Despite selling a minority stake in the team, San Antonio Spurs ownership is committed to staying put. That doesn’t seem to be the case for the competition.
News broke just last week that the San Antonio Spurs ownership group is selling a minority share of the team, but they’ve made it abundantly clear that the team is staying put. This was again reiterated in a report by Sports Illustrated’s Sam Amico, whose source said the team is “not going anywhere.”
Spurs Sports & Entertainment’s commitment to the River City was never in question as the organization and its city have a strong bond that I wouldn’t anticipate changing any time soon. Still, this was a bit of a surprising announcement considering the fact that this was already a major assumption across the fanbase. San Antonio supports the Spurs and the Spurs support San Antonio; It’s obvious that they’re not going anywhere.
That doesn’t necessarily mean the Spurs’ competition won’t be on the move sometime soon.
Given the uncertainty regarding the league’s suspension and the huge revenue loss suffered by the league’s ownership groups, it’s not surprising to see small market owners searching for new suitors to buy their teams. This thought was reaffirmed by Hall of Fame center and TNT Analyst Shaquille O’Neal, who was quoted as saying “I heard through the grapevine that there are a couple teams for sale and one may be going to Vegas” on his podcast.
It’s wholly possible that the Holt family and SS&E executives wanted to get ahead of this news after hearing similar ideas from league insiders. Hearing that the Spurs are selling a small stake in the team might lead speculators to suggest that the team will be moving on from San Antonio and the organization put out these statements to get ahead of that train of thought.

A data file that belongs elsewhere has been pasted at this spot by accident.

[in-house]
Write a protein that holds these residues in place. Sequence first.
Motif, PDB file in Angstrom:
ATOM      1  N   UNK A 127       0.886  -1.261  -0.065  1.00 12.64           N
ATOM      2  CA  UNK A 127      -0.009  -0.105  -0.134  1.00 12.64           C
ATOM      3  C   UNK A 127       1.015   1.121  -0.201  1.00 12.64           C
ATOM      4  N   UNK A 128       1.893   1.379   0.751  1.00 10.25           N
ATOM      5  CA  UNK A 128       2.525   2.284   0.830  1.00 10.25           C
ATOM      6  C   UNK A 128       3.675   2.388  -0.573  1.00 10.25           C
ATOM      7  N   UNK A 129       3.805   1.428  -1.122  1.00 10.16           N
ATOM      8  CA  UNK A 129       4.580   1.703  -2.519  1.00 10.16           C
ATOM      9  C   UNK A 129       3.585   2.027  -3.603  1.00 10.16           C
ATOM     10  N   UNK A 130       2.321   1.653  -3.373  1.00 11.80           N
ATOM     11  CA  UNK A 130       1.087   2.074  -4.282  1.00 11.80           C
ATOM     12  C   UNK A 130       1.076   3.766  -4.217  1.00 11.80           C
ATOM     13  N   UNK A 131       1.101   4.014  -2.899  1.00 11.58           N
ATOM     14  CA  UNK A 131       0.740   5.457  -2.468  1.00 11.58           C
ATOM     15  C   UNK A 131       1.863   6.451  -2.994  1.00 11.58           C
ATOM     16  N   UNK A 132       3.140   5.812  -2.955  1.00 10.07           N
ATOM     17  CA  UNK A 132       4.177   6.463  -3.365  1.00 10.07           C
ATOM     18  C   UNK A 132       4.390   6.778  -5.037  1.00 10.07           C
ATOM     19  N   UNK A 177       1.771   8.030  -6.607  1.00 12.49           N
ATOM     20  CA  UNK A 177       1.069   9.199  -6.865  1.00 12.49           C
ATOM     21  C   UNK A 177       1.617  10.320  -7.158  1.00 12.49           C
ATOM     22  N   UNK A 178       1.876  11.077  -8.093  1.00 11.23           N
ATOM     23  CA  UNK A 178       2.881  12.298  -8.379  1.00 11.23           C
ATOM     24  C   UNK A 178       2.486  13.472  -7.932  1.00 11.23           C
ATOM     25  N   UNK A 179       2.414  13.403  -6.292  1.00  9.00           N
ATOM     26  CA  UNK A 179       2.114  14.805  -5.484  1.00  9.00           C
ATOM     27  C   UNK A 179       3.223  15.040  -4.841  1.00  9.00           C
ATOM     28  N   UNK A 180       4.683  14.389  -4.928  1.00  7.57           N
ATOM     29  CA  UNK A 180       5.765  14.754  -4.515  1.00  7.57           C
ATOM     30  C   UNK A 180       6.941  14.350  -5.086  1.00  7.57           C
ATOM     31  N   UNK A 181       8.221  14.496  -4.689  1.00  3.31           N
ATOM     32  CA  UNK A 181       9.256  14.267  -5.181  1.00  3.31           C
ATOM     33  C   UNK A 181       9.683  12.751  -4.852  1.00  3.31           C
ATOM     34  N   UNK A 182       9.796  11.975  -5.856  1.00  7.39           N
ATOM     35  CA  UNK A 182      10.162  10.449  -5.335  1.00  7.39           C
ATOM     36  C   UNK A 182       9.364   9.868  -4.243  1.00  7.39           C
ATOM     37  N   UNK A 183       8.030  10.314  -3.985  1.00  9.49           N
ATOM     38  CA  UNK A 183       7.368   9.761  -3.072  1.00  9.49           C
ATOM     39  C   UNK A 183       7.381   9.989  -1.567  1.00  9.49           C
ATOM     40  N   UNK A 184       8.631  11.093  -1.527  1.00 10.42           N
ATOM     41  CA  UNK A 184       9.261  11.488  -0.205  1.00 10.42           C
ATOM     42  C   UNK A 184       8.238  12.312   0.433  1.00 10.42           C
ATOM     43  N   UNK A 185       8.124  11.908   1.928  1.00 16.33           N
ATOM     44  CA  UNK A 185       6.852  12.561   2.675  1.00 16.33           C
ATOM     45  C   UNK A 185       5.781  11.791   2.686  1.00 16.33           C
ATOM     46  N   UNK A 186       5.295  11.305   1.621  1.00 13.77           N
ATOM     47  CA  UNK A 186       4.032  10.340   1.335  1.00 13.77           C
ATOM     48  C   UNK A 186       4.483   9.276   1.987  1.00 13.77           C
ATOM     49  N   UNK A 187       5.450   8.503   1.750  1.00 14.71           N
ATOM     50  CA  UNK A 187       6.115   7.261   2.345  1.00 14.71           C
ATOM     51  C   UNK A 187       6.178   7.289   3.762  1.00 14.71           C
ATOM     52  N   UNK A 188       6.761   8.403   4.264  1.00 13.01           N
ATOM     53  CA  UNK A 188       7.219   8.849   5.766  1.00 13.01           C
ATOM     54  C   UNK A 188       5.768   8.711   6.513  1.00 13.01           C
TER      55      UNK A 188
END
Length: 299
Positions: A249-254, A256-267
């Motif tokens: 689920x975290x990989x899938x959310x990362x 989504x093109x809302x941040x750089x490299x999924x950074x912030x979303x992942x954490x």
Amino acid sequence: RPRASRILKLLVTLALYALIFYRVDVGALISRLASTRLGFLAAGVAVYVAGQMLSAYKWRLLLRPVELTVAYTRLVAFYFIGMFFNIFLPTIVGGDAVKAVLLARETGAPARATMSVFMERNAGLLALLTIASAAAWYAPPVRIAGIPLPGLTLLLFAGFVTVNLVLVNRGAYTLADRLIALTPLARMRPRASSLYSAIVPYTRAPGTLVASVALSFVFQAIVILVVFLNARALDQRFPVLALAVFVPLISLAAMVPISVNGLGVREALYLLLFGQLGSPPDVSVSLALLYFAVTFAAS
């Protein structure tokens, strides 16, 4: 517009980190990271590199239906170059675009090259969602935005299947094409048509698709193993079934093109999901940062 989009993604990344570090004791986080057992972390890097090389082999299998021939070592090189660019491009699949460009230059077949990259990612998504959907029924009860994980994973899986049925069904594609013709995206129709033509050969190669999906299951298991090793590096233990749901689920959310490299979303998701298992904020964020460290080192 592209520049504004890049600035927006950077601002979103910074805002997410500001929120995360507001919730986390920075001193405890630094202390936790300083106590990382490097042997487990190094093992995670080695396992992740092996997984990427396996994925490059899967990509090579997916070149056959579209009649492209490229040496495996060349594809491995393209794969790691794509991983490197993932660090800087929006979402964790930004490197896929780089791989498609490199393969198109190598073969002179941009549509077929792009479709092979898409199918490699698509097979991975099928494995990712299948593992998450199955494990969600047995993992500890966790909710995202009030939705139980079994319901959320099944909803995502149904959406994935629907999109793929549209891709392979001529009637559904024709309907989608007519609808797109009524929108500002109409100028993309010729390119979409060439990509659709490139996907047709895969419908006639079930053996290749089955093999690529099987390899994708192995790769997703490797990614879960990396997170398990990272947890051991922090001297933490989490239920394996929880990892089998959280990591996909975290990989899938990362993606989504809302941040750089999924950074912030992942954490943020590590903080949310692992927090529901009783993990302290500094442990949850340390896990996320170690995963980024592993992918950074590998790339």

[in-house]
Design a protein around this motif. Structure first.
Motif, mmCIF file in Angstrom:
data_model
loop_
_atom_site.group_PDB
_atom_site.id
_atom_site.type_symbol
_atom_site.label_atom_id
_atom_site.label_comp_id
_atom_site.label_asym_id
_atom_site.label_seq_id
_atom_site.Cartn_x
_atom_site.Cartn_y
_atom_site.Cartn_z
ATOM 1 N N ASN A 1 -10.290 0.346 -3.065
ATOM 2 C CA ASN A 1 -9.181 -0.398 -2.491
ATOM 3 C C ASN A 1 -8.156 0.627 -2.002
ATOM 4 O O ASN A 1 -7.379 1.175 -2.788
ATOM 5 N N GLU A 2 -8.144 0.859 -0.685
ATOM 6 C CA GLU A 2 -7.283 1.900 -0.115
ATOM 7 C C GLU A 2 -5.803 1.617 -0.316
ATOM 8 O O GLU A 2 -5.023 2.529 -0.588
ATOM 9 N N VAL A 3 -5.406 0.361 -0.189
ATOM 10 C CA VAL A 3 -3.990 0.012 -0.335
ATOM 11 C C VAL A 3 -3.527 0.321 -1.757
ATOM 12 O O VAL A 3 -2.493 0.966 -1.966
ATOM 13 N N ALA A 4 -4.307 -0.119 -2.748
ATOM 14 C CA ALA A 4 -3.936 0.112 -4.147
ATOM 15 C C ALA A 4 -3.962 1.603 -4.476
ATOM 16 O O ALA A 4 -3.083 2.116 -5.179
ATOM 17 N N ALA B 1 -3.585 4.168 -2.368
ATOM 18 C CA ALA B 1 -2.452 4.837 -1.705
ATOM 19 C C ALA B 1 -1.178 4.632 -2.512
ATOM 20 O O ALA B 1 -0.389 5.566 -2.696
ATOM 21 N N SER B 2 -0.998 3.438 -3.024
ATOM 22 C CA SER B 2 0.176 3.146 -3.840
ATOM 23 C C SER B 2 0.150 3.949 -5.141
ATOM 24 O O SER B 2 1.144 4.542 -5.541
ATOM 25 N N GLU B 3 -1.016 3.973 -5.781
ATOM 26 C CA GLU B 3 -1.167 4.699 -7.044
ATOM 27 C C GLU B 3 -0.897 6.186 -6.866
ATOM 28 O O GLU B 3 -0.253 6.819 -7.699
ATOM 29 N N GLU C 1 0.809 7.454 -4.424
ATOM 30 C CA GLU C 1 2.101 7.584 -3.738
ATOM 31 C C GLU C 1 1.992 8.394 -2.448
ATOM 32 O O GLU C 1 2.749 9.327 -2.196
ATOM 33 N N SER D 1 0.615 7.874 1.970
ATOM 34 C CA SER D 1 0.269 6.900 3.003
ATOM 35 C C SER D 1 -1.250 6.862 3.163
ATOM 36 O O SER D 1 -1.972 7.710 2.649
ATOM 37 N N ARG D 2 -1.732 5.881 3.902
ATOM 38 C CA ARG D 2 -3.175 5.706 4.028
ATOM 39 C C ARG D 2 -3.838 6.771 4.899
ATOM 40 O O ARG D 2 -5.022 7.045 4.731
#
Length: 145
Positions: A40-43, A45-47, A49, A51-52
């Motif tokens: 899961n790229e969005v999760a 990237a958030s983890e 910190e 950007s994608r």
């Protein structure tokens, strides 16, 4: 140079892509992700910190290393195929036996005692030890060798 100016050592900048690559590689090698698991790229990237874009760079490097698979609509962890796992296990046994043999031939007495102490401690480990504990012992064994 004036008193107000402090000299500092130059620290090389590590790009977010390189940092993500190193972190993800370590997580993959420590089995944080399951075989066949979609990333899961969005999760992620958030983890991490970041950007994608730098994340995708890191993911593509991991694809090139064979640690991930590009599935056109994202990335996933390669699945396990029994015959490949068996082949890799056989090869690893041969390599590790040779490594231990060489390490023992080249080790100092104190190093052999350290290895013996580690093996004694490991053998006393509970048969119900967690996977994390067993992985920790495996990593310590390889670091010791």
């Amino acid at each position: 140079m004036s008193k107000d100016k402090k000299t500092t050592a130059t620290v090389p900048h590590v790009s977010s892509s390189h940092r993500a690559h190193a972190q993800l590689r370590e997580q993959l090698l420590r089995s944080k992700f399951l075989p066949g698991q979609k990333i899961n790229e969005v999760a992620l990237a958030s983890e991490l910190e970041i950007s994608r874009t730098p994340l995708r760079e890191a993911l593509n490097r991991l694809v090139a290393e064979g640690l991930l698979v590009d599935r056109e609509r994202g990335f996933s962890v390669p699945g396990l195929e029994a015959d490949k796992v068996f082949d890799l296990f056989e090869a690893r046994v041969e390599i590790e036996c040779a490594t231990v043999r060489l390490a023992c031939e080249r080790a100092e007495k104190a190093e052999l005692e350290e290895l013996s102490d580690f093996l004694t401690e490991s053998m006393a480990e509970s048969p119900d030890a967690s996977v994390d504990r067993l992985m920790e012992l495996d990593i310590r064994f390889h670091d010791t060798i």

The teams most likely to be sold would be those toward the bottom in attendance. Dead-last in average home attendance is the Minnesota Timberwolves, who reach just 79.4% of their capacity. Other teams in the lowest percentile of average attendance are the Charlotte Hornets, Detroit Pistons, Phoenix Suns and Memphis Grizzlies.
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Detroit just built a new arena and has a lot of basketball history, so they’re probably not going anywhere. Phoenix’s owner, Robert Sarver, just put down a ton of money to build them a state-of-the-art practice facility that’s slated to open in 2021, so they’re probably staying put too. Charlotte, Minnesota and Memphis are all interesting candidates to move.
Two teams in the Spurs’ division, the Grizzlies and the New Orleans Pelicans might be on the move. NOLA is significantly less likely given the leap they just took in interest because of Zion Williamson, but it’s an organization that’s always felt out of place in it’s home and might seek a brighter spotlight for Zion in Vegas.
Shaking up the Southwest Divison would be very interesting, especially if one of Memphis or New Orleans moves to Las Vegas. The most likely teams to move into the Spurs’ vision are the Oklahoma City Thunder or the Phoenix Suns due to proximity if that were the case, dramatically changing the annual competition that San Antonio goes up against.
There’s no telling what the future holds, but the Spurs aren’t going anywhere.